Even with 6,000 more students than usual having to find their own way to school this fall, a group that represents bus drivers says 46 students on a bus is still too many.
Having that many aboard a school bus — the maximum allowed by the Newfoundland and Labrador English School District's back-to-school plan, announced Monday — "does not even approach the thought of physical distancing," said Dave Callahan, who represents the Newfoundland and Labrador Bus Operators Group.
"If we screw this up on the bus, we're delivering the problem to the schools. If we are first, let's be first and do it right and do it the way it should be done."
Callahan says class times should be staggered to allow more bus trips to accommodate the thousands of students who no longer qualify to ride the bus.
The Newfoundland and Labrador English School District said the 46 seats available will be prioritized for children at the farthest pickup points, and about 6,000 students would no longer be able to take the bus to school.
The district says the reduction in the number of students aboard the bus is to ensure the safety of the students and the bus driver, who are all required to wear masks while on board.
Ride to school
Education Minister Brian Warr says he hopes parents will drive their children to school.
"While we understand it will be an inconvenience for some, we are asking parents to consider driving their children if possible," said Warr during the provincial COVID-19 briefing Tuesday. "The district is working on other measures to accommodate more students where possible."
He said the district will be contacting parents over the next few days to determine if they do plan on putting their children on the bus.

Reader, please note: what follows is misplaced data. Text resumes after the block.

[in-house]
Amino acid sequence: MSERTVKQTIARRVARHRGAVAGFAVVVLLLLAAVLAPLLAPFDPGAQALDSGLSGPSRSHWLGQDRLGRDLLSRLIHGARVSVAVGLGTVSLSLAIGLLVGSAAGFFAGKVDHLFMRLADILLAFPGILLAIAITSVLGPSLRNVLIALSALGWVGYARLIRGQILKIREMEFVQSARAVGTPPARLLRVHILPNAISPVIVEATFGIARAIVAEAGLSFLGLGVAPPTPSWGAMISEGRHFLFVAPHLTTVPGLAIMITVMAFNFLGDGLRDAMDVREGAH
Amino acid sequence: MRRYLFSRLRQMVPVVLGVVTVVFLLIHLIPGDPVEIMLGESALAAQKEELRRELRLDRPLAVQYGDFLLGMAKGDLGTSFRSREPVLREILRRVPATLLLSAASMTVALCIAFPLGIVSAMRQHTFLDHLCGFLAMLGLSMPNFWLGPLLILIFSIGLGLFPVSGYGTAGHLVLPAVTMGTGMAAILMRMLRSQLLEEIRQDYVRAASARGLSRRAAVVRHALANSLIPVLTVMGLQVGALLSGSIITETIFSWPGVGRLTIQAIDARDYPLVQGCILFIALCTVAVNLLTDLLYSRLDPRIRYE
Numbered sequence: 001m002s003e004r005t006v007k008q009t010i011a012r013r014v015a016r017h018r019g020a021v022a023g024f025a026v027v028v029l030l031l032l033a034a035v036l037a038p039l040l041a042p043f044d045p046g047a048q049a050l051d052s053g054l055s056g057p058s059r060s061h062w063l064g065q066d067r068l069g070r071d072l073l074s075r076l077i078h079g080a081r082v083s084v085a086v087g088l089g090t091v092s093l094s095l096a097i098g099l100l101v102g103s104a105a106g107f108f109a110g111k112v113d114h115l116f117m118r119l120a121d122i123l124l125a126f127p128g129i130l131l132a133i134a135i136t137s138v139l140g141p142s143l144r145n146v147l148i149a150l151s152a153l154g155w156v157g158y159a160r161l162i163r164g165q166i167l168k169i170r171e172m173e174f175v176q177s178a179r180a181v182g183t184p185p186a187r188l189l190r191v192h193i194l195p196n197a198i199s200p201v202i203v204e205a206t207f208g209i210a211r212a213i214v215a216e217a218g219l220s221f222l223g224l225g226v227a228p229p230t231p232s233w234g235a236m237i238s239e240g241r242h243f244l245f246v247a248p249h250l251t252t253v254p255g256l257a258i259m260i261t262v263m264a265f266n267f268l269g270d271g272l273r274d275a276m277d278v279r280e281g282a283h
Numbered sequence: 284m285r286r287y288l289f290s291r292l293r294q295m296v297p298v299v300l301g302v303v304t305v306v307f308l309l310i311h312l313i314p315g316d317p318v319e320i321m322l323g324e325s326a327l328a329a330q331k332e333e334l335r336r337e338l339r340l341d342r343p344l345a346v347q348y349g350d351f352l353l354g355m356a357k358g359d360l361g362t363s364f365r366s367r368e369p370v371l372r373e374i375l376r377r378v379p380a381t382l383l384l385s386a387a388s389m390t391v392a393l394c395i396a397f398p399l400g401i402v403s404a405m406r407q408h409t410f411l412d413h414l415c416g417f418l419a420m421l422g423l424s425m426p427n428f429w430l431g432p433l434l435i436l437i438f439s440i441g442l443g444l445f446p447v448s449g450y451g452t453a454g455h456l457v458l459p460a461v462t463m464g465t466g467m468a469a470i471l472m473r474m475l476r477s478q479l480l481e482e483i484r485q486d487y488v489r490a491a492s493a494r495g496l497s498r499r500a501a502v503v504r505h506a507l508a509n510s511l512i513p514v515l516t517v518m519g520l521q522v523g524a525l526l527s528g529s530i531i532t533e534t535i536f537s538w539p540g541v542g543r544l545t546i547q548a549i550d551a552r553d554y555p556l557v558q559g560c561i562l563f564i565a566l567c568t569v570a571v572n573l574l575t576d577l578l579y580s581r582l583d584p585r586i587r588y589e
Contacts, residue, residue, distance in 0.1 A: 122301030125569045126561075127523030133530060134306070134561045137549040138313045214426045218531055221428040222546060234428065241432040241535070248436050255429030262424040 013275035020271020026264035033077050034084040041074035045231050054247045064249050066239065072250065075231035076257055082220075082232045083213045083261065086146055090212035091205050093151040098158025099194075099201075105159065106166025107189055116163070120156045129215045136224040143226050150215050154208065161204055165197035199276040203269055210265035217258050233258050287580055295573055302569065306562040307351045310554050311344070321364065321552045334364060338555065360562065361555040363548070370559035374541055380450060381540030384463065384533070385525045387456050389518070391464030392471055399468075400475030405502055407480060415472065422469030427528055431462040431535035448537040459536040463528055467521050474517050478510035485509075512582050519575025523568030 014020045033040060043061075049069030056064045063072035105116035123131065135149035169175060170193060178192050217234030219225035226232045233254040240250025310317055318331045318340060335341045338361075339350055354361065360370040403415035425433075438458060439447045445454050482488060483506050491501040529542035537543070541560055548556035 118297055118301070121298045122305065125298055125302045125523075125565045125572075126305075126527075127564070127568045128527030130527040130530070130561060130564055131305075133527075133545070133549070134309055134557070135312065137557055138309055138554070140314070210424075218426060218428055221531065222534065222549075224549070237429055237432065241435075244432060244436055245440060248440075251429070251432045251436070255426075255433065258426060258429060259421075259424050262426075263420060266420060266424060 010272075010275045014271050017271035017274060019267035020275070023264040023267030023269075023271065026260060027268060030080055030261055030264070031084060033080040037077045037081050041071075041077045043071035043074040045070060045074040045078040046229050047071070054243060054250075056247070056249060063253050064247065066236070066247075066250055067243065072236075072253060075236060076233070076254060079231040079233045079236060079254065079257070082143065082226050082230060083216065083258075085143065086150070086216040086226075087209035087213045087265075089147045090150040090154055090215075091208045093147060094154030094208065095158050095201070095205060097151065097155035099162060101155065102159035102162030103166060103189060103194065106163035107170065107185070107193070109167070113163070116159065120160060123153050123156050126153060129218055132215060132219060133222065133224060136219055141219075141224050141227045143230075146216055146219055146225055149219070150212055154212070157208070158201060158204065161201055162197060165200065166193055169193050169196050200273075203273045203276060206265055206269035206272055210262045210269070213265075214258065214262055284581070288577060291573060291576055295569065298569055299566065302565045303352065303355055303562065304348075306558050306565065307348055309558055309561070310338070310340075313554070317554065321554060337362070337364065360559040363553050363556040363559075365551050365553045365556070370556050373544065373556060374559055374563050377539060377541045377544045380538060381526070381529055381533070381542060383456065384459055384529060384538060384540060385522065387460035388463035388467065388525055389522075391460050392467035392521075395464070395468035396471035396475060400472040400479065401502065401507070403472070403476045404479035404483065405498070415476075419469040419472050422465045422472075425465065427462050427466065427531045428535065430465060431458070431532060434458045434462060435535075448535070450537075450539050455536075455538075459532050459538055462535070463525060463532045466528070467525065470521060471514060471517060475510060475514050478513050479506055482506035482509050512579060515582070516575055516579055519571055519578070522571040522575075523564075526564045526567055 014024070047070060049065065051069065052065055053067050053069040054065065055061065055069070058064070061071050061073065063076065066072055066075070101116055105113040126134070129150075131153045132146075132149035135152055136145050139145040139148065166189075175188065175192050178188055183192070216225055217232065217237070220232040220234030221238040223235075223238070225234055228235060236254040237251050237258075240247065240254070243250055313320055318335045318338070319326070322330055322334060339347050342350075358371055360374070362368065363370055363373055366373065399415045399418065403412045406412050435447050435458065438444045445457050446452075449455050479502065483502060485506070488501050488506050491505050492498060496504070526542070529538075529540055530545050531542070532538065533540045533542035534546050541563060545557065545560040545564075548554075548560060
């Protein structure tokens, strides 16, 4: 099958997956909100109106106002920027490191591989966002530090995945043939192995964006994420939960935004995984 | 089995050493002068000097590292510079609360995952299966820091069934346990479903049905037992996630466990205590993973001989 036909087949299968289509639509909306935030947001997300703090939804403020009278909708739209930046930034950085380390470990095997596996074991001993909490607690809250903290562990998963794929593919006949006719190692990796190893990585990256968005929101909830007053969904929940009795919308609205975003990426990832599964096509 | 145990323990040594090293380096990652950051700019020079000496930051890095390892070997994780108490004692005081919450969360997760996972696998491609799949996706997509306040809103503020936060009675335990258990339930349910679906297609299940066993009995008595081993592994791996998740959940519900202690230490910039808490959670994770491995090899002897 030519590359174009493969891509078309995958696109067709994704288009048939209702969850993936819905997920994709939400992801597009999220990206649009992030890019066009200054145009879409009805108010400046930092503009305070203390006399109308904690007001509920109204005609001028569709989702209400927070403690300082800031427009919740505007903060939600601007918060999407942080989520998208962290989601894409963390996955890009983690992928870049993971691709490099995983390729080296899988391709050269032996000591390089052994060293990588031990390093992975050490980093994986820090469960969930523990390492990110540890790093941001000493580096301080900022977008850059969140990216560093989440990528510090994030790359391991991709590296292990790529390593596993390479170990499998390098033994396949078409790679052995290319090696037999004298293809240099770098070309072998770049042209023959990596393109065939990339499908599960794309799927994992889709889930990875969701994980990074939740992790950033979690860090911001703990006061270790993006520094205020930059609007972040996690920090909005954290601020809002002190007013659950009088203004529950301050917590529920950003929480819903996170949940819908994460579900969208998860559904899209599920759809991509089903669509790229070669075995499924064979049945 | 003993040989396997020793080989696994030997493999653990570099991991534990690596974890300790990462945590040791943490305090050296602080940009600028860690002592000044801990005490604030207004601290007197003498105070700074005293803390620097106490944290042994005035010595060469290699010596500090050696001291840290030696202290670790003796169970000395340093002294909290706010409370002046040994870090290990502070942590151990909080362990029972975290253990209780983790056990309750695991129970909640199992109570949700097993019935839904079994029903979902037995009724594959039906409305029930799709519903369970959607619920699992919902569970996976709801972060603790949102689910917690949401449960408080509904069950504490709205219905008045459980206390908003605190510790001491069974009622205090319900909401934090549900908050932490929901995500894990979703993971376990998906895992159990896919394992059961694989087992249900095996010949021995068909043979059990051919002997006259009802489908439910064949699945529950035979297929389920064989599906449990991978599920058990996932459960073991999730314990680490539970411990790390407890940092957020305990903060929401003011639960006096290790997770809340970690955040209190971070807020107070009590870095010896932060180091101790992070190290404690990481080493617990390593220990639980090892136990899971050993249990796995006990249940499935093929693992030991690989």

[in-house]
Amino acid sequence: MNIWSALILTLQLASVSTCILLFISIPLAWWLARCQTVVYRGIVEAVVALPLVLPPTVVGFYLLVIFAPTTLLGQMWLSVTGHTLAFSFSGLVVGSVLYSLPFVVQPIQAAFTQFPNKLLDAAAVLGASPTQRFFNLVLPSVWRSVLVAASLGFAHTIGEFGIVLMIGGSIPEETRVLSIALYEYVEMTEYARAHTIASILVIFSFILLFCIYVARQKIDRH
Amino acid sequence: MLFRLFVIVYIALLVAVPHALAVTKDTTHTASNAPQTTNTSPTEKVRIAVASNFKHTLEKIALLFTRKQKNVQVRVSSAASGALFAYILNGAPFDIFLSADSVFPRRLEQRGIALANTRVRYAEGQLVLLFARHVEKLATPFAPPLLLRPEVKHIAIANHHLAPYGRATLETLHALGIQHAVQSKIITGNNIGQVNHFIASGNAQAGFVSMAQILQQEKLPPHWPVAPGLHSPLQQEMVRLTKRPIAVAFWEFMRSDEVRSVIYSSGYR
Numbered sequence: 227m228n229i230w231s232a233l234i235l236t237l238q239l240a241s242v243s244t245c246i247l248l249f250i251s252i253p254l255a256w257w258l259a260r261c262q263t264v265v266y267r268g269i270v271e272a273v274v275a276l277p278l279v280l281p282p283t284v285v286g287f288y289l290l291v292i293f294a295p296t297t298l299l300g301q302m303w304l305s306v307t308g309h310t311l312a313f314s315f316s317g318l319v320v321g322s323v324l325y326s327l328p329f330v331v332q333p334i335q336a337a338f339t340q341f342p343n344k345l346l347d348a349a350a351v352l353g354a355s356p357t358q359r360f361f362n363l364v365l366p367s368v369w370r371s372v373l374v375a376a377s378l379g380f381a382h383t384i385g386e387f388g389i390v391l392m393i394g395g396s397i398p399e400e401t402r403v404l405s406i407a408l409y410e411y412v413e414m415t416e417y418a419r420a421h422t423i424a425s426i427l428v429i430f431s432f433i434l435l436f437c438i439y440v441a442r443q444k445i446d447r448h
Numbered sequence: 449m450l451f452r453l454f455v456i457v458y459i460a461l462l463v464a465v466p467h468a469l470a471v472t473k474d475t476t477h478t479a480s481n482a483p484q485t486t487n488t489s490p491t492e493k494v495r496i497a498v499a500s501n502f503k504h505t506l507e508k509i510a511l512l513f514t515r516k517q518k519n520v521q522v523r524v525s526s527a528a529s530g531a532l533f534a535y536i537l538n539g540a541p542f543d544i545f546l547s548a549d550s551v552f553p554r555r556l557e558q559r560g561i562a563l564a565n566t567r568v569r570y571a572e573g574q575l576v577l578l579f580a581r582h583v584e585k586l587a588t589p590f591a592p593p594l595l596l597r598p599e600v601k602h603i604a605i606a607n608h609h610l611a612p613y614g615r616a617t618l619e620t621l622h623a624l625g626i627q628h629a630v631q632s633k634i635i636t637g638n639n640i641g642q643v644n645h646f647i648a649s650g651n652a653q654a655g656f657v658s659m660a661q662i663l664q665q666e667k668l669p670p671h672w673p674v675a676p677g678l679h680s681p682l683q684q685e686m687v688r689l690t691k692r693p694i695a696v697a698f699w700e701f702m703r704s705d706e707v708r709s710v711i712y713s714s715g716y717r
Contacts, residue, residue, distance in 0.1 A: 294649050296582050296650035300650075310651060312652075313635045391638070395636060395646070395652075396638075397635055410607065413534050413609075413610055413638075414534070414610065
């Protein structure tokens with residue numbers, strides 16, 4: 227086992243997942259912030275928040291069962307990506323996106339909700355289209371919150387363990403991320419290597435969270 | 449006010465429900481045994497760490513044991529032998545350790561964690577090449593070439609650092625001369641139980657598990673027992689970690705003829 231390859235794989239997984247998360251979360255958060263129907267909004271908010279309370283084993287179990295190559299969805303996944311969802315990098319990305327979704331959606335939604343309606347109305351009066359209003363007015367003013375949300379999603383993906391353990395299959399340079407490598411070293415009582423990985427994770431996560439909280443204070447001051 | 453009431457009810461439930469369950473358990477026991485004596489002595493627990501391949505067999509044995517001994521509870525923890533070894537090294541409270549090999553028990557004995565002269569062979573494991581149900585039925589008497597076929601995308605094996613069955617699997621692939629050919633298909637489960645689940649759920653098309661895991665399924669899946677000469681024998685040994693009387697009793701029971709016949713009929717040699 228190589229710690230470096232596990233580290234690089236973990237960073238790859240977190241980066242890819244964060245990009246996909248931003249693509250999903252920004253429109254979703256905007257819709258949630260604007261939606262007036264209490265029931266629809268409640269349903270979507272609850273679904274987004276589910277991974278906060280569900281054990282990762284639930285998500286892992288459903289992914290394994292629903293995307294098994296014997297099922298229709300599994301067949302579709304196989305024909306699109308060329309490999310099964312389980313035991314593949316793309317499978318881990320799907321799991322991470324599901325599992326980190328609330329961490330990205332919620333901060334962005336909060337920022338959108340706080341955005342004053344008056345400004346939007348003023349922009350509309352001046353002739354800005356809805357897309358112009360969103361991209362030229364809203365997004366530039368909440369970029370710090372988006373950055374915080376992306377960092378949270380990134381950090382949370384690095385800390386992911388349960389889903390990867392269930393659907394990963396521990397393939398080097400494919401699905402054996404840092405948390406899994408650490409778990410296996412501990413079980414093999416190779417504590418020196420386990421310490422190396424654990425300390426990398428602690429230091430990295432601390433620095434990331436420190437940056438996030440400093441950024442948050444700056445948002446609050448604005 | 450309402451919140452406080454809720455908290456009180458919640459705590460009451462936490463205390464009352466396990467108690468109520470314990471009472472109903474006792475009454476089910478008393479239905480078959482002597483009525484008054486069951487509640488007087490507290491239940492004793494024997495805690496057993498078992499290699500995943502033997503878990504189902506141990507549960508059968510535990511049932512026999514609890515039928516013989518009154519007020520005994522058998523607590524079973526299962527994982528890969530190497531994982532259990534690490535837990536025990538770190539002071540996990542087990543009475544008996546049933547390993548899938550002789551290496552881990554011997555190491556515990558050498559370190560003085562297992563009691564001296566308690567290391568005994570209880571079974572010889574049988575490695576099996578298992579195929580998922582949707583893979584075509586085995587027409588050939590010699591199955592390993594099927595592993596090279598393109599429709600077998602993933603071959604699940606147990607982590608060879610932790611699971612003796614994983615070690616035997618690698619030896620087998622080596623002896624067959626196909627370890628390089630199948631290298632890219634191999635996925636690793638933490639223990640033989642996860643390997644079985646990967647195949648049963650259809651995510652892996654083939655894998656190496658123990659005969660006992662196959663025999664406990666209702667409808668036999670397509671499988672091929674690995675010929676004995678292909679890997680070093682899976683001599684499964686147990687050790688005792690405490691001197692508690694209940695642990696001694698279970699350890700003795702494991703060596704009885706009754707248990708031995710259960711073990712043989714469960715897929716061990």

"Students have a spot on the bus, but in many cases, those spots are not taken," said Warr.
Warr wants school bus numbers to get back to where they were before the pandemic by adding double runs when possible.
"Some are wondering why we can't bring on more buses, but it's not that simple," he said
"It was identified in the spring that the manufacturing and delivery of school buses has been impacted across the country by the pandemic. The department provided an exemption just a while ago for the school district to be able to use 13-year-old buses. The usual cutoff for the age of a bus is 12 years," Warr said.
Buses sitting idle, says driver
But Callahan says he has identified dozens of idle buses that could be put into use.
"Why have 80 to 100 that I have identified, sit idle, while kids are walking the street?" he said.
Warr says the district and government will contact bus contractors throughout the province to see if there are any extra buses available.
"Depending on the specifications and the implications with regards to their own contracts and having to have buses packed and ready to go in case of breakdown, if there's other buses through the province — I mean, we'll do everything that we can to utilize those buses as well," said Warr.
Callahan says bus operators were not consulted by the district before announcing the back-to-school plan, even though the changes affect bus operators.
He said there is no way to enforce the rule that students are required to keep their masks on at all times while on the bus.
"Now, instead of always having eyes forward and watching traffic and watching their driving, they have an added task. Before, it was tough enough to keep the kids in their seats."
He said the the school district should offset disinfecting costs because operators can't absorb the extra costs.